ATTC Network Coordinating Office/NIATx

Before she joined Santa Maria Hostel in Houston as director of the Maternal Initiative for Reflective Recovery-Oriented Residential Services (MIRRORS) program, Fayetta Bland worked with Big Brothers Big Sisters of America.

“There was always a need for more Big Brothers,” says Fayetta. “We had little trouble finding Big Sisters, but Big Brothers were in short supply.” 

That’s what gave her the idea to create My Brother’s Keeper, a support group that offers positive male mentoring for the fathers involved with the women in the MIRRORs program.

MIRRORS, a grantee of SAMHSA’s Pregnant and Parenting Women (PPW) project, provides medical and behavioral health services for pregnant and postpartum women and their families.
“One of the main goal of the MIRRORS program is family reunification,” explains Fayetta. “Many of the women in our program will return to the men in their lives, who will have a strong influence on the family. And if the father is going to be in the lives of the mother and children, we need to start working with the family as a unit.”

Let's Celebrate Adolescent Recovery

September 20, 2016

Let’s Celebrate Adolescent Recovery
Mark Sanders, LCSW, CADC

In their book, Under the Influence: A Guide to the Myths and Realities of Alcoholism (2011), authors James Milam and Katherine Ketcham discuss worldwide research that suggests that the longer a society or culture has been exposed to alcohol, the greater the decrease in the rates of alcohol use disorders. The passage of time allows groups to develop cultural norms that support more responsible or ceremonial use of alcohol. The Jewish community is highlighted as an example of a group with a low rate of alcoholism compared with other groups, due to their long exposure to alcohol and clearly defined rituals around use (Kinny, 2014). 

In 1981, the same authors predicted that longer exposure to alcohol would increase rates of recovery among Native Americans, where alcohol had limited use among most tribes until arrival of the first European settlers. They were correct! At the time of this writing, groups like White Bison are helping tribes return to culture, dispel the myth that alcoholism is a part of their culture, and achieve recovery rates as high as 50-70%. The Alkali Lake Tribe in British Columbia, Canada went from 100% alcoholism to 95% recovery (Sanders, 2011).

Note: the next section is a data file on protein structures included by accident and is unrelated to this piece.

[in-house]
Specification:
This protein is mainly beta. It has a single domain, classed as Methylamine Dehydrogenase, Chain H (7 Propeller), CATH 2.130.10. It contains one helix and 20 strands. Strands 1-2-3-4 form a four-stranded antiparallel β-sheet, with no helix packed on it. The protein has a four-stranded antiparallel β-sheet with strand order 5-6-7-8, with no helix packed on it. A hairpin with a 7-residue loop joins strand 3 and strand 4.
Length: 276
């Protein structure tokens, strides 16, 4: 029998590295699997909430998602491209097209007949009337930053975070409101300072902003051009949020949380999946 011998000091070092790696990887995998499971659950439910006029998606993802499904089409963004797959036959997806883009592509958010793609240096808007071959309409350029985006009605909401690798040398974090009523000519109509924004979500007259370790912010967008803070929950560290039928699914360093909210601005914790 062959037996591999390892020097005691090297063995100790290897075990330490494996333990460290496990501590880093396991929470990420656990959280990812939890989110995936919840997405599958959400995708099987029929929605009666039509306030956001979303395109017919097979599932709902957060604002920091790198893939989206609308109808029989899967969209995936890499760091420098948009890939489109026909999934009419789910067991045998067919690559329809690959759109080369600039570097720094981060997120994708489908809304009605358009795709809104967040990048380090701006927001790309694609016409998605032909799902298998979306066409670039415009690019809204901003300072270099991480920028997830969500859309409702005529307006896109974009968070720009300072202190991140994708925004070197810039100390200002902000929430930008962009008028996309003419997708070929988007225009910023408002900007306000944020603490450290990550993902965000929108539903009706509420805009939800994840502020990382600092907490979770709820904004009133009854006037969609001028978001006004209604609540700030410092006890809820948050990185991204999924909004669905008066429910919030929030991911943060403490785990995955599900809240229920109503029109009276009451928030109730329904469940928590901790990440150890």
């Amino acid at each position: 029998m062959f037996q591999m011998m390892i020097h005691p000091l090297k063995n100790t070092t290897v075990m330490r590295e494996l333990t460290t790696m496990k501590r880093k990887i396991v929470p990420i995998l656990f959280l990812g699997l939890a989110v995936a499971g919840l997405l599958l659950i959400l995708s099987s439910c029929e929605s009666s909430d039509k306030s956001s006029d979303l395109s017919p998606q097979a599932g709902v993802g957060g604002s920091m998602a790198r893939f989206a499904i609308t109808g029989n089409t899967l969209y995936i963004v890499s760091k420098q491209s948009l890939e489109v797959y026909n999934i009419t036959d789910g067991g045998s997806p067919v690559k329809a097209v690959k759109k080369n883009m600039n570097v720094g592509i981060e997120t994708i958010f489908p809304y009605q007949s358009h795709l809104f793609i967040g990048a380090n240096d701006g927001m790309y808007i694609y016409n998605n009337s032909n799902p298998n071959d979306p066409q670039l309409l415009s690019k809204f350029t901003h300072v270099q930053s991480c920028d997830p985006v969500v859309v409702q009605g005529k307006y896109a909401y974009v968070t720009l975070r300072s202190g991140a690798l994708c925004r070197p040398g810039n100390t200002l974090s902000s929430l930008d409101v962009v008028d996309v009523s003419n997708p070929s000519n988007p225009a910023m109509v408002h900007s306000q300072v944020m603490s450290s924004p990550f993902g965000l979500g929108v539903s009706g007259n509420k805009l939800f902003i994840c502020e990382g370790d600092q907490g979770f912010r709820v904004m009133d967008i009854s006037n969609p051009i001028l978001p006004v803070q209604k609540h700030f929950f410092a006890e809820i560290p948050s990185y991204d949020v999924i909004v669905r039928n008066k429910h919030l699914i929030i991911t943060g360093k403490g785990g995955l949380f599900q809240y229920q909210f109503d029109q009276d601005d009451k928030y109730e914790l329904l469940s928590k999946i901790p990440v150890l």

The United States, with just 240 years as a nation, has evolved from heavy, regular alcohol consumption during colonial times (see Colonial Americans Drank Roughly Three Times as Much as Americans Do Now)—to beginning to create sober rituals. During September, National Recovery Month, we celebrate recovery from substance abuse and mental health disorders with marches, rallies, parades, and other community events.

#Recovery: Let's make recovery go viral

September 13, 2016

Laurie Krom, MS
Director, ATTC Network Coordinating Office

Last week the East Liverpool, Ohio police department decided to fight the opioid use disorder epidemic by posting two images to their Facebook page. The images show a man and a woman passed out in the two front seats of their vehicle, with a young child in the back seat.

The child is looking at the camera.

The woman is turning blue.

The text associated with the post explained that the police department decided to share the images so that the public could see “the other side of this horrible drug.” They also mentioned that the man and woman both lived, after receiving lifesaving care from a medical team. The Facebook post went viral almost immediately and was picked up by many local and national news outlets. I am not included a link to that post here. I do not want to give it more legs.

Celebrate National Recovery Month 2016!

August 30, 2016

Maureen Fitzgerald
ATTC Network Coordinating Office/NIATx

National Recovery Month 2016:
Join the Voices for Recovery: Our families, our stories, our recovery

This year, SAMHSA observes the 27th year of National Recovery Month. With the theme “Join the Voices for Recovery: Our families, our stories, our recovery,” National Recovery Month 2016 acknowledges and celebrates the millions of Americans who are living in recovery from mental and substance use disorders.

Here’s a sampling of just some of the great resources the National Recovery Month website offers to help you organize and promote an event in your community, share stories, or broadcast the message that recovery in all its forms is possible:

Latinas in Recovery: Understanding the Evidence to Bridge Gaps in Service Disparities

August 23, 2016

Darice Orobitg, PhD
Training and TA Coordinator
National Hispanic and Latino ATTC

The National Hispanic and Latino ATTC symposium, Latinas in Recovery: Understanding the Evidence to Bridge Gaps in Service Disparities (September 14, 2016, Miami) will offer behavioral health professionals an opportunity to learn from experts while sharing their experiences in working with Latinas with substance use disorders.

The symposium will include presentations by researchers, clinicians, and Latinas in recovery. Their presentations will address the particular issues that may affect Latinas’ recovery processes. Presenters will also offer recommendations for professionals in the field.